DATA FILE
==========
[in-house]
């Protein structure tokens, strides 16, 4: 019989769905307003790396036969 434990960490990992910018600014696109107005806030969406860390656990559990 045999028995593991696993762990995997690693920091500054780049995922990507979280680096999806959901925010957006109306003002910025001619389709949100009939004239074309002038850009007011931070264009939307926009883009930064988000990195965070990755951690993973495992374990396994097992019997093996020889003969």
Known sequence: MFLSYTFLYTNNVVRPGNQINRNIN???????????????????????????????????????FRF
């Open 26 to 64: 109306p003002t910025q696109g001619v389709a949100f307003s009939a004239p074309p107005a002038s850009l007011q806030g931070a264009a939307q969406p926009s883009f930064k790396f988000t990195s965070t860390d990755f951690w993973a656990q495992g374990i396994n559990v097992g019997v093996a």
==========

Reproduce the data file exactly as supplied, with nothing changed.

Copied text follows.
[in-house]
């Protein structure tokens, strides 16, 4: 019989769905307003790396036969 434990960490990992910018600014696109107005806030969406860390656990559990 045999028995593991696993762990995997690693920091500054780049995922990507979280680096999806959901925010957006109306003002910025001619389709949100009939004239074309002038850009007011931070264009939307926009883009930064988000990195965070990755951690993973495992374990396994097992019997093996020889003969």
Known sequence: MFLSYTFLYTNNVVRPGNQINRNIN???????????????????????????????????????FRF
């Open 26 to 64: 109306p003002t910025q696109g001619v389709a949100f307003s009939a004239p074309p107005a002038s850009l007011q806030g931070a264009a939307q969406p926009s883009f930064k790396f988000t990195s965070t860390d990755f951690w993973a656990q495992g374990i396994n559990v097992g019997v093996a």